STAGING Durham ARC stalwart Barry Hudson awarded MBE - British Rowing

Durham ARC stalwart Barry Hudson awarded MBE

Barry Hudson – member, administrator, volunteer and umpire at Durham ARC since 1959 – awarded MBE in the Queen’s Birthday Honours list


Barry Hudson

Barry Hudson, a long-time member, administrator, rower, umpire and coach at Durham Amateur Rowing Club, has been awarded an MBE in the Queen’s Birthday Honours for his voluntary service to the community and rowing.

Hudson, 72, lived in Durham city centre as a boy and found his way from playing on the banks of the River Wear to rowing on the waters of it, joining Durham ARC in 1959.


He played an active role in the club from the start, helping work on the building of a new boathouse on the club’s current site between 1967-71.

Work commitments saw Barry move away from the North East for a decade, but he moved back to Durham in 1984, becoming secretary of the club in 1991 – a post he held for 25 years. In 2016, Barry was elected chairman of the club.

During his time at Durham, Barry has established partnerships with local schools to encourage the expansion of the club to all ages and abilities. He’s also opened up a new 1.2 million clubhouse in 2009. The club premises are also used by other organisations in the community. Currently he’s overseeing the fundraising of another £800,000 to add an upper floor to the clubhouse to meet growing capacity demands.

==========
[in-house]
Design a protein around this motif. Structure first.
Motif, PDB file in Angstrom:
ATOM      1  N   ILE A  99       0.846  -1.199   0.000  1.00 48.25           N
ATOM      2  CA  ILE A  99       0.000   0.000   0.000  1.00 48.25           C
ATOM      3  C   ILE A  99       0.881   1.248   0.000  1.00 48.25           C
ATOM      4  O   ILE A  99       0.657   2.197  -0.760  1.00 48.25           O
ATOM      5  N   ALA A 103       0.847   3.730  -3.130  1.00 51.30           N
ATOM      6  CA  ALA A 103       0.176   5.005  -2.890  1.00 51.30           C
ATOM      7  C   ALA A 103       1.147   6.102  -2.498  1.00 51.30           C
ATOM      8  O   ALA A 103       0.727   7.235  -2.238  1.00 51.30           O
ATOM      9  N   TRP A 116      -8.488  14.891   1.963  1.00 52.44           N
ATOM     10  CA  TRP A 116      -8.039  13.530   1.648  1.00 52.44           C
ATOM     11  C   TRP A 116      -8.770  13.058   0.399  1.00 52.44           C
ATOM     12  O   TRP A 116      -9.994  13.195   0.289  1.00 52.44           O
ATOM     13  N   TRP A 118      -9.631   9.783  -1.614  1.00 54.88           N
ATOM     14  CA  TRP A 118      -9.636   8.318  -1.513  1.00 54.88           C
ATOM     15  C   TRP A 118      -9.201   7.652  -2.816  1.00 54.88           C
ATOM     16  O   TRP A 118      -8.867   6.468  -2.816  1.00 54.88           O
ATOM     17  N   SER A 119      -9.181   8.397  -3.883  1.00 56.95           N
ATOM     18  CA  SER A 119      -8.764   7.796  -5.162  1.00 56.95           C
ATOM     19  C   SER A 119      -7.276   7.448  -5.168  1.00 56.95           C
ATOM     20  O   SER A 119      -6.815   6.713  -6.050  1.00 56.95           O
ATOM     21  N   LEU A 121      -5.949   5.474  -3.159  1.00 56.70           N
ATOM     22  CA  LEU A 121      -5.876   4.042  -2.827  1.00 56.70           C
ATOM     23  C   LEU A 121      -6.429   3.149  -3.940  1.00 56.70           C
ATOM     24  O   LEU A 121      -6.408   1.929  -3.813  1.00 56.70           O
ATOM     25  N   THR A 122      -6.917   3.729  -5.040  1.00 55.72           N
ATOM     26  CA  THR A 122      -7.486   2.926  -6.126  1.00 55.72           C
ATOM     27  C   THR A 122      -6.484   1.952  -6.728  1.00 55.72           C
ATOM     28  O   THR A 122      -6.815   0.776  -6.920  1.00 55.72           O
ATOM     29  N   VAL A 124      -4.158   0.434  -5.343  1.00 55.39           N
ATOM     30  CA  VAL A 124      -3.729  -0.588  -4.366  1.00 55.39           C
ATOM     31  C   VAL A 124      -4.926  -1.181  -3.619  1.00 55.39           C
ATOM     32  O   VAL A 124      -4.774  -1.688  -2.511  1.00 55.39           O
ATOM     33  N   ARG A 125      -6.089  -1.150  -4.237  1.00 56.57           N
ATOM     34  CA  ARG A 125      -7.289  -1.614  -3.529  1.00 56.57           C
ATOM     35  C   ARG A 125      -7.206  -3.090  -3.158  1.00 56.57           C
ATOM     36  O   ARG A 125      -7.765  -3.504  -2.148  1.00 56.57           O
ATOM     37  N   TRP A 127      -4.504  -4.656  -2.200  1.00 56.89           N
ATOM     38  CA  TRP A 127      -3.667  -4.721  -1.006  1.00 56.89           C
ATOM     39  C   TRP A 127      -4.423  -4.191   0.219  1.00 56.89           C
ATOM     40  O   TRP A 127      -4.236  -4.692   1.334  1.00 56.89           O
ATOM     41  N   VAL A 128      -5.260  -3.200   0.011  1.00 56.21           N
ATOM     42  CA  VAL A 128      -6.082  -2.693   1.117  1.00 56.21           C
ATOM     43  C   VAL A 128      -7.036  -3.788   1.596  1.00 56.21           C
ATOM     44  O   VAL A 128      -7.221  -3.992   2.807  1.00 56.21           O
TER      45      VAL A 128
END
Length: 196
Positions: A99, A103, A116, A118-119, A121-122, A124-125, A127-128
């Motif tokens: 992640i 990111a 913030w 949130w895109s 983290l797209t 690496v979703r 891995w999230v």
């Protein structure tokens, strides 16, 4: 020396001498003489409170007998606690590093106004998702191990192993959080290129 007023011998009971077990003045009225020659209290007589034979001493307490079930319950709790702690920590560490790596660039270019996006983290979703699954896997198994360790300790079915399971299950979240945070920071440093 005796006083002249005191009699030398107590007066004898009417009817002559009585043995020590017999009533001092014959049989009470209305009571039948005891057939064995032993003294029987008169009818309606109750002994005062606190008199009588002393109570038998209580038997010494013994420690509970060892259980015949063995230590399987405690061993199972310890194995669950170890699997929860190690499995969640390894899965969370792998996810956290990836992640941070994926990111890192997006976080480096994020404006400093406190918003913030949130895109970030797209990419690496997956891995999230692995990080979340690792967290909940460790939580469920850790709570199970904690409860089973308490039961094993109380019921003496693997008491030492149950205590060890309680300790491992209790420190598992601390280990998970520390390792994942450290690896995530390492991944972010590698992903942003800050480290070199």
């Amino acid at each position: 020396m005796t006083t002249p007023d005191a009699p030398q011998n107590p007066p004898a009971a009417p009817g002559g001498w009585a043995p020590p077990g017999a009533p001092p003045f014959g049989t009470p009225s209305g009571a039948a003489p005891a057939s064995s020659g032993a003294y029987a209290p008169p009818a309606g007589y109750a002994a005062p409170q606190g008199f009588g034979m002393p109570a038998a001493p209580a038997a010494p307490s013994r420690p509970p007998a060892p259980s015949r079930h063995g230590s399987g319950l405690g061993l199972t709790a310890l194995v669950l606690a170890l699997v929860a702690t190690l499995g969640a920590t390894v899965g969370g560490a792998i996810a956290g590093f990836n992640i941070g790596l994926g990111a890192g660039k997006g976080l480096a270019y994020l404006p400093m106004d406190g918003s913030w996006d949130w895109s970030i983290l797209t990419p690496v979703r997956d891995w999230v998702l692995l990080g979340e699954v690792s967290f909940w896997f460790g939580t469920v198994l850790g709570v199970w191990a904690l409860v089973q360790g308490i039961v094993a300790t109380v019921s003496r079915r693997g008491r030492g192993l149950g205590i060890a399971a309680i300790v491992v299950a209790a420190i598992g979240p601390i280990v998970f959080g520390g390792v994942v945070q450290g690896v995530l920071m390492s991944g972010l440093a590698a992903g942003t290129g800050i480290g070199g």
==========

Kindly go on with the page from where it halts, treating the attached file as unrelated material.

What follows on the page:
British Rowing Chairman, Annamarie Phelps CBE, said of Barry’s honour: “I am thrilled that Barry’s enormous contribution to the success of Durham ARC and rowing in the Northern Region has been recognised. Our sport would not exist without such dedicated “lifers” who selflessly support community sport and provide opportunities for everyone to get active, learn new skills and enjoy the pleasure of messing about in boats.”

Olympic silver medallist Jess Eddie, who rowed at Durham ARC, added: “Barry has been an ever-present figure in the northern rowing scene. Dedicating a lifetime of energy and enthusiasm to rowing, in particular in Durham City. His contributions have spanned generations and his impact upon so many rowers from the region is immeasurable. With his support and the rest of Durham ARC I was able to go on to race on the international stage, and ultimately win an Olympic medal.

“I will be forever in debt to him and countless others at Durham. I offer him many congratulations on this brilliant honour.”